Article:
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Education Advocacy

Why Public Engagement in The Policy Process Matters 


photo of students on playgroundJeffco Public Schools believes in community participation and voice in public policy and decision-making processes.

 

From our School Board to legislation at our State Capitol, we encourage our entire community to learn more about legislation that impacts public education in our state.



Proposed Education Legislation in 2020

Gallagher amendment repeal (Colorado Amendment B, Gallagher Amendment Repeal and Property Tax Assessment Rates Measure)
  • If not repealed, the state estimates a decrease from 7.15% to 5.88% in the residential assessment rate which lowers local revenues between $250M – $400M.  
  • Once the residential assessment rate is lowered, it cannot be increased without a vote of the people.
  • The minimum impact to Jeffco Public Schools is a nearly $30M reduction in funding if the state can’t backfill this drop.  
Initiative 306 (Colorado Proposition 116, Decrease Income Tax Rate from 4.63% to 4.55% Initiative) 
  • Reduces the state’s flat income tax rate from 4.63 to 4.55%.
  • State’s general fund revenues would be reduced by $80M in FY21 (current year rescission) and an additional $160M in FY22 (year after).
  • For Jeffco Public Schools, an $8M reduction in FY21 (current year) and another $16M in FY22 if the state is unable to make adjustments to their budget outside of K-12 funding.
Tobacco Tax (Colorado Proposition EE, Tobacco and E-Cigarette Tax Increase for Health and Education Programs Measure) 
  • If passed by voters, generates additional general fund state revenues helping K-12 specific expenditures including Pre-K and rural districts (Jeffco’s portion is not yet identified).

Visit the Colorado General Assembly Education Committee website to learn about past and current proposed and passed legislation that impacts education in our state.

Colorado School Finance Explained

Understanding education policy starts with understanding how education is funded in Colorado. 

We encourage you to read the 2019-2020 Citizens' Guide to the Budget, which features in-depth information on Colorado's budgeting process, where funds come from, and how state-level policy impacts school finance.

Other Resources to Learn About Colorado School Finance: 

How to Contact your Legislators

Jeffco Public Schools covers roughly 774 square miles, encompassing a wide variety of communities and municipalities. That much beautiful space also means Jeffco has many elected officials representing our community at the State Capitol.  


To find your local State Senator and Representative and how to contact him/her, visit the Colorado General Assembly Find My Legislator page.



Colorado Laws and Policy on Education and Education Funding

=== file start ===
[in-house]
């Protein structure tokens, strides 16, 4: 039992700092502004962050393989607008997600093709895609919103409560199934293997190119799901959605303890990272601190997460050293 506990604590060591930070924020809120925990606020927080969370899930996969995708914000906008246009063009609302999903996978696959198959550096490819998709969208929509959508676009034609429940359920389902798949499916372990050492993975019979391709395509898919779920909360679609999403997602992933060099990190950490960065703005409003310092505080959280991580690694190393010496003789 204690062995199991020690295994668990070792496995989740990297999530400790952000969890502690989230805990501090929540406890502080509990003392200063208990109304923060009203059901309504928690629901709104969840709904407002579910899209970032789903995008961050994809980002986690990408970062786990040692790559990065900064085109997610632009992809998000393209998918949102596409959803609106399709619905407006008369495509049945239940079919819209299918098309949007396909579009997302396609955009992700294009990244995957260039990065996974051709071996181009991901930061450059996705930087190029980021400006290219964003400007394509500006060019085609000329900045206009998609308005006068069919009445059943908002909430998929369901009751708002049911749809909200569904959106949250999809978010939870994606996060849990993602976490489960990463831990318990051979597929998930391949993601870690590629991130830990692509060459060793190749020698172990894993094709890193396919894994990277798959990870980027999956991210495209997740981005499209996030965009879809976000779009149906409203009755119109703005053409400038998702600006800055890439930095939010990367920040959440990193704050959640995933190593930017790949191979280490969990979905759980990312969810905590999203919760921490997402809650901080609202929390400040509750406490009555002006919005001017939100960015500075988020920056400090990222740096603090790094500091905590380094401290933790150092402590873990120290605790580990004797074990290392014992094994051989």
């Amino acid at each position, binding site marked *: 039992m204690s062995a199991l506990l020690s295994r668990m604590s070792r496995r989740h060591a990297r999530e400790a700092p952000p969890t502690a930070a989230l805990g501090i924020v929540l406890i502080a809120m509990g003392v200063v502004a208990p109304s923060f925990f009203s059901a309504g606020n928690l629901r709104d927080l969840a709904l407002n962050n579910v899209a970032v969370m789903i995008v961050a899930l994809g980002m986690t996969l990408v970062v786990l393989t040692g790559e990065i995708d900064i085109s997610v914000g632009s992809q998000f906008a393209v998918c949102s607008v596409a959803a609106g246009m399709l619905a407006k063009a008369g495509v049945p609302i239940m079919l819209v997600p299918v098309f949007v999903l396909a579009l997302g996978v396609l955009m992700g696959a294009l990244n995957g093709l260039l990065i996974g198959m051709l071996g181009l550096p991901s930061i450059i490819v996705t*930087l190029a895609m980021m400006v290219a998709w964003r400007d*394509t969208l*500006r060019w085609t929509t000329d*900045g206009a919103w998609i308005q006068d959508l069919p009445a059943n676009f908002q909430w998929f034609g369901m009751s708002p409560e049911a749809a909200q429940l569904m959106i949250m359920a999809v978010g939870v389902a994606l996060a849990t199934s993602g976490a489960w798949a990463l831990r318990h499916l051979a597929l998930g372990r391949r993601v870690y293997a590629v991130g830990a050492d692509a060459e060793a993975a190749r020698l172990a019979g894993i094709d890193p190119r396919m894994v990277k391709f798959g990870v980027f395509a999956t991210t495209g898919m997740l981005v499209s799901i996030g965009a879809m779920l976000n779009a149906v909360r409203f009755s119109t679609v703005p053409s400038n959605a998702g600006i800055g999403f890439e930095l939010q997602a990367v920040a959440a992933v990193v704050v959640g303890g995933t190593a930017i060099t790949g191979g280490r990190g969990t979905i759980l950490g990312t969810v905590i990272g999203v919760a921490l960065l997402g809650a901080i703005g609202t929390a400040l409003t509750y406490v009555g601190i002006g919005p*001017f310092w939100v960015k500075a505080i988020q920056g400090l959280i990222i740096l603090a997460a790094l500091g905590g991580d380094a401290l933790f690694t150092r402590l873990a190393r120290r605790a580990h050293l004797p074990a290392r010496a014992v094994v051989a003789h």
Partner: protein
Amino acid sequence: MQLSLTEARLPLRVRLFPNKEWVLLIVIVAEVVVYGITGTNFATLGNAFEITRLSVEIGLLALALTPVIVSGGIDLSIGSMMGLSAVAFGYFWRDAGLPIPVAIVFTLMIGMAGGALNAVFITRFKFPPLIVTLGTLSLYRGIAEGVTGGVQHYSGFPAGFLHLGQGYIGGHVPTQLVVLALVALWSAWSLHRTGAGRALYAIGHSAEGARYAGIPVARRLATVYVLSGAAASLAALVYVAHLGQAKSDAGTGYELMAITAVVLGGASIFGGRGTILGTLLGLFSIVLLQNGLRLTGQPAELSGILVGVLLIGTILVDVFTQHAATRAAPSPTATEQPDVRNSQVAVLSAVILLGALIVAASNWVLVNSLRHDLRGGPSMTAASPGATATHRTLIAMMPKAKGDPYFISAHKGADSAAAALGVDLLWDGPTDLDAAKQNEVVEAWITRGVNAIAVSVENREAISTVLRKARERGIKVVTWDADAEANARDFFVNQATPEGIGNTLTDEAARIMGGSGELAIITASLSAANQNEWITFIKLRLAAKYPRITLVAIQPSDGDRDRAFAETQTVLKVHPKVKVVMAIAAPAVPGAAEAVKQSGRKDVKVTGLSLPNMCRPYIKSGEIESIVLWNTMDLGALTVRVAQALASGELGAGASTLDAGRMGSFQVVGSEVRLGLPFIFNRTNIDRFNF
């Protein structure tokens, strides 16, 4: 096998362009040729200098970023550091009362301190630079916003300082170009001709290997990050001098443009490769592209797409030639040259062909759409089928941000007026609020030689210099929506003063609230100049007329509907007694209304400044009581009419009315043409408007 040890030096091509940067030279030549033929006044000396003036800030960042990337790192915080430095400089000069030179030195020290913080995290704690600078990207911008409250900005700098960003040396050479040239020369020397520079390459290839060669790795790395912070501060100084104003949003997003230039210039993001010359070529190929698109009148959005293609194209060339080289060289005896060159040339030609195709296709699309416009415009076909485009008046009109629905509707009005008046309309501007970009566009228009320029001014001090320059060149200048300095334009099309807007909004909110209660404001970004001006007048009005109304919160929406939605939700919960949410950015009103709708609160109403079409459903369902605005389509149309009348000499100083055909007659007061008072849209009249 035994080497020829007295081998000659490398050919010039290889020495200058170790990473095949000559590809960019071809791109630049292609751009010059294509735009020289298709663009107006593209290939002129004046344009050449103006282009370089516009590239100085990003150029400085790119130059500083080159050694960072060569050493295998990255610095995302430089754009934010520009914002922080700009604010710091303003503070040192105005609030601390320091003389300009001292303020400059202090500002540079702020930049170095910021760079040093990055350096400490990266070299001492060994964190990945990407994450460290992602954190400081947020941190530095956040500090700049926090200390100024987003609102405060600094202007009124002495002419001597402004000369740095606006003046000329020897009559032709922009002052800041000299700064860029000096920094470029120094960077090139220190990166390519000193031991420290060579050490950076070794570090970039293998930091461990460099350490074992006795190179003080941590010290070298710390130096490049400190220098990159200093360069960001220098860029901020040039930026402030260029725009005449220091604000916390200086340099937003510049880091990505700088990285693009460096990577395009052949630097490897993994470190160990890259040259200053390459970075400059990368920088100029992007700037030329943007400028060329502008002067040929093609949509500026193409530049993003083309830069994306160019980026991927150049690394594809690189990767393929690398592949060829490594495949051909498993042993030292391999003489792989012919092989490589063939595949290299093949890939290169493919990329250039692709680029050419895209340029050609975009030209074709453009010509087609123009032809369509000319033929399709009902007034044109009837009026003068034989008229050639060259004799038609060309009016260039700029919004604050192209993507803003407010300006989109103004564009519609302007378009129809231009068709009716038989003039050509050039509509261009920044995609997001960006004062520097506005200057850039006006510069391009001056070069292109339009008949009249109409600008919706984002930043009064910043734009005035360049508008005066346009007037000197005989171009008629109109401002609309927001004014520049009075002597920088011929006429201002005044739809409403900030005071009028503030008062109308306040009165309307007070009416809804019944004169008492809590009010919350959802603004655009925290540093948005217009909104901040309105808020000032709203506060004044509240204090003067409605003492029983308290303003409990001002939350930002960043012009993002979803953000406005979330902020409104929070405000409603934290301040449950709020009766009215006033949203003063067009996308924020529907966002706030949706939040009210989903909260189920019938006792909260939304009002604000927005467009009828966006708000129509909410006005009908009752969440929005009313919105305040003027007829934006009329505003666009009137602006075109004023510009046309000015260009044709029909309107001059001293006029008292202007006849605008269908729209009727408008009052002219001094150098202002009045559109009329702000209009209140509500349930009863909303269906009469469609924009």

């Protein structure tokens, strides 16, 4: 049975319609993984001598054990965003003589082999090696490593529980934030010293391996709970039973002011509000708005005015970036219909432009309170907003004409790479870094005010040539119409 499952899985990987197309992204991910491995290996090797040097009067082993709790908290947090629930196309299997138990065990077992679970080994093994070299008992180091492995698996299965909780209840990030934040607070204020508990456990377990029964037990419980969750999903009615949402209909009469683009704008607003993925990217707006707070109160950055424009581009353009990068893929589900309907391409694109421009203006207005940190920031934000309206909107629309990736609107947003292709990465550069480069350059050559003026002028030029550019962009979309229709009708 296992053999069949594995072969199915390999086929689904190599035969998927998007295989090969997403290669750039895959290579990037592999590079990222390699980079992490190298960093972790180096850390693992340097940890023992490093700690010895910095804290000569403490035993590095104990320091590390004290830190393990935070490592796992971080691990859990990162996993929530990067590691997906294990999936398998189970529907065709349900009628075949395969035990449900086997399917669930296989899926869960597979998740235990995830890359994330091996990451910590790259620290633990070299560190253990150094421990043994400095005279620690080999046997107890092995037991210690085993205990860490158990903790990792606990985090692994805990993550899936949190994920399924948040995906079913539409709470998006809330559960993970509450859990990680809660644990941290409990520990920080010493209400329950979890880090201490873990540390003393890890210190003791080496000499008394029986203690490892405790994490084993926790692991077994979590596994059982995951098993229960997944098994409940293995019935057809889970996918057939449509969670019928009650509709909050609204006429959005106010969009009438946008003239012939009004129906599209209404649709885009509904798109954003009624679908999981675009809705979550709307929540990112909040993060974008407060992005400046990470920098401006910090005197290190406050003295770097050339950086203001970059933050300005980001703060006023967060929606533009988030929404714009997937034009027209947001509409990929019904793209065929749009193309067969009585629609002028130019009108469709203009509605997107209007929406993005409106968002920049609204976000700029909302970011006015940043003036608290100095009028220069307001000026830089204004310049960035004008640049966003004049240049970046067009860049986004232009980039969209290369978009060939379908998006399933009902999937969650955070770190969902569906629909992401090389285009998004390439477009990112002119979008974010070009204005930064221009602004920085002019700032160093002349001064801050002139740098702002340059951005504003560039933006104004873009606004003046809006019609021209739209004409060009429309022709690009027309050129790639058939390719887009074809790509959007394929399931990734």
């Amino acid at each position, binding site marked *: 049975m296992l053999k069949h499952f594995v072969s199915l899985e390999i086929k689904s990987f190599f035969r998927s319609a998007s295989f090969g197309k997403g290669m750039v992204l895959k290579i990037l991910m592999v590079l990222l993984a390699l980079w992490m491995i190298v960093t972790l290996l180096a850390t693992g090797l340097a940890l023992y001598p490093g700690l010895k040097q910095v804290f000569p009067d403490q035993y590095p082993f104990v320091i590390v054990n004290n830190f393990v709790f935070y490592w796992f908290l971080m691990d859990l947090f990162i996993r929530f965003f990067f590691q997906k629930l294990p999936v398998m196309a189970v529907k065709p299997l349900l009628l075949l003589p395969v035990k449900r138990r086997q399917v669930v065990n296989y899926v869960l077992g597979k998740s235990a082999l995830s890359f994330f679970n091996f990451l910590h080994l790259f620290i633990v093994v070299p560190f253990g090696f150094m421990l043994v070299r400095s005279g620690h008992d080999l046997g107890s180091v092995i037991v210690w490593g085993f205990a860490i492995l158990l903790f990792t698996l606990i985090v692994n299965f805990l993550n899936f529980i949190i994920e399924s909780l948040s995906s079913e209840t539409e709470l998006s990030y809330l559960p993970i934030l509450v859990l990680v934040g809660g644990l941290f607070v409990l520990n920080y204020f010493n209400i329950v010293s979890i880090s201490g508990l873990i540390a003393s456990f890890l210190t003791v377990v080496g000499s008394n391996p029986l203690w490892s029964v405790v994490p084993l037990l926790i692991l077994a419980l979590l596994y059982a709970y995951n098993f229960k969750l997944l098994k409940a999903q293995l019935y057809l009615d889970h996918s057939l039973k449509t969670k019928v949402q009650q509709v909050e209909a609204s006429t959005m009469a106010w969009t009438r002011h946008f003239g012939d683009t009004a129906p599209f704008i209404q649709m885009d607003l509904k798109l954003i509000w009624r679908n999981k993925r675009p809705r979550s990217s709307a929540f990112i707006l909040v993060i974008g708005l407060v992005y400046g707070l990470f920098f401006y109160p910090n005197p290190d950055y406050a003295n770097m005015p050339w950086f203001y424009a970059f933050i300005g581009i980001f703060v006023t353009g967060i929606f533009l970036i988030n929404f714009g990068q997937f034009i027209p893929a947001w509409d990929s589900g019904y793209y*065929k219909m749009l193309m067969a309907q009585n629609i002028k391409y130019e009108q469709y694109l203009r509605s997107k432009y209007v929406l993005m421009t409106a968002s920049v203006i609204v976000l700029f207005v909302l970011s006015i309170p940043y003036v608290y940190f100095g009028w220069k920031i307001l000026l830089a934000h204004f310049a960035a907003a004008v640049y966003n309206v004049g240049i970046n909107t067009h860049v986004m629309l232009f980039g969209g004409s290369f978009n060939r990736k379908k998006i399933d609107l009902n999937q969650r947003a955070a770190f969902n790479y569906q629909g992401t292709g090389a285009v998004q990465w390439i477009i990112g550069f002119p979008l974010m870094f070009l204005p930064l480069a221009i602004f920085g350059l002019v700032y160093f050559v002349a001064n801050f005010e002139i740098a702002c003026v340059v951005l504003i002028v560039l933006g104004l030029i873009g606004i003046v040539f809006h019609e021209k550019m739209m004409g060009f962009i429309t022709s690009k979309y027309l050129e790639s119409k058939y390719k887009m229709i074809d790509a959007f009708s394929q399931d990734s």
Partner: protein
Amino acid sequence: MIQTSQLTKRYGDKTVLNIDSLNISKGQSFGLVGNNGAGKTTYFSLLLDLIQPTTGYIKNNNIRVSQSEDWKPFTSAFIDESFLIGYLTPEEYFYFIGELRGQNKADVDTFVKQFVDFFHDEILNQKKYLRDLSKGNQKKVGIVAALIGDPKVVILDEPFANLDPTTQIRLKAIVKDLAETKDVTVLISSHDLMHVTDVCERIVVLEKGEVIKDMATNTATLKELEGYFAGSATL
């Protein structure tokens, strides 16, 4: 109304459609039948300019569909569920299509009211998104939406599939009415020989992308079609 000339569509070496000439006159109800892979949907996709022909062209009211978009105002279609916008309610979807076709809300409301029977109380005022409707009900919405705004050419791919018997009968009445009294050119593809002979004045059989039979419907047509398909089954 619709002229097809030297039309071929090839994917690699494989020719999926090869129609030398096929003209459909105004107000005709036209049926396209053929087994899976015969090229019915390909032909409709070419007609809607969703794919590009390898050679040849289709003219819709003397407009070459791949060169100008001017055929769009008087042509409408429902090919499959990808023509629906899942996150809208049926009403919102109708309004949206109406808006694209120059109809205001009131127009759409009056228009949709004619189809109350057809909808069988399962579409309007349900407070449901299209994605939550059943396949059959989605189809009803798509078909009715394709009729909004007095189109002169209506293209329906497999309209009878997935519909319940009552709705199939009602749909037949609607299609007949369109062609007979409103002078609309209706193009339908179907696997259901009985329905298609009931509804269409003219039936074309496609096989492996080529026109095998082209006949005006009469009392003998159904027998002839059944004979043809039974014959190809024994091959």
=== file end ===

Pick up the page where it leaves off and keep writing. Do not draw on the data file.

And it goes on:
The School Finance Act of 1994 dictates how the state allocates revenue each year for public education. 

Amendment 23 is a constitutional amendment passed in 2000 to reverse a decade of budget cuts experienced by Colorado school districts throughout the 1990s. During that decade, Colorado’s education spending did not keep pace with the inflation rate. Amendment 23 requires K-12 funding to increase by inflation plus 1% from 2001-2011 and by inflation after that. Notably, even with Amendment 23, by 2007-2008, per-pupil funding was still $1,400 below the national average.

The Gallagher Amendment was designed to maintain a constant ratio between the property tax revenue that comes from residential property and from business property. Gallagher reduces the assessment rate (the percent of property value that is subject to taxation) whenever statewide total residential property values increased faster than business property values. As a result of the Gallagher Amendment, the assessment rate for residential property has declined by more than two-thirds over the years because of Colorado’s population growth and because of increases in residential real estate values. The net effect has been a marked decline in revenues collected from property tax, which prior to Gallagher, provided the majority of school funding.

Bond and Mill Levies are mechanisms that allow school districts to collect additional revenues through local bond (capital) and mill levy (operations) elections up until a specified level. These caps were designed to prevent massive inequities between low-income and affluent districts.

Budget Stabilization Factor (Negative Factor) was created in 2009-10 by the legislature that adds an additional factor to the school finance formula in reaction to the economic recession and the decrease in state funding. The factor is a state budget tool that proportionally reduces the amount of total funding for each school district. 


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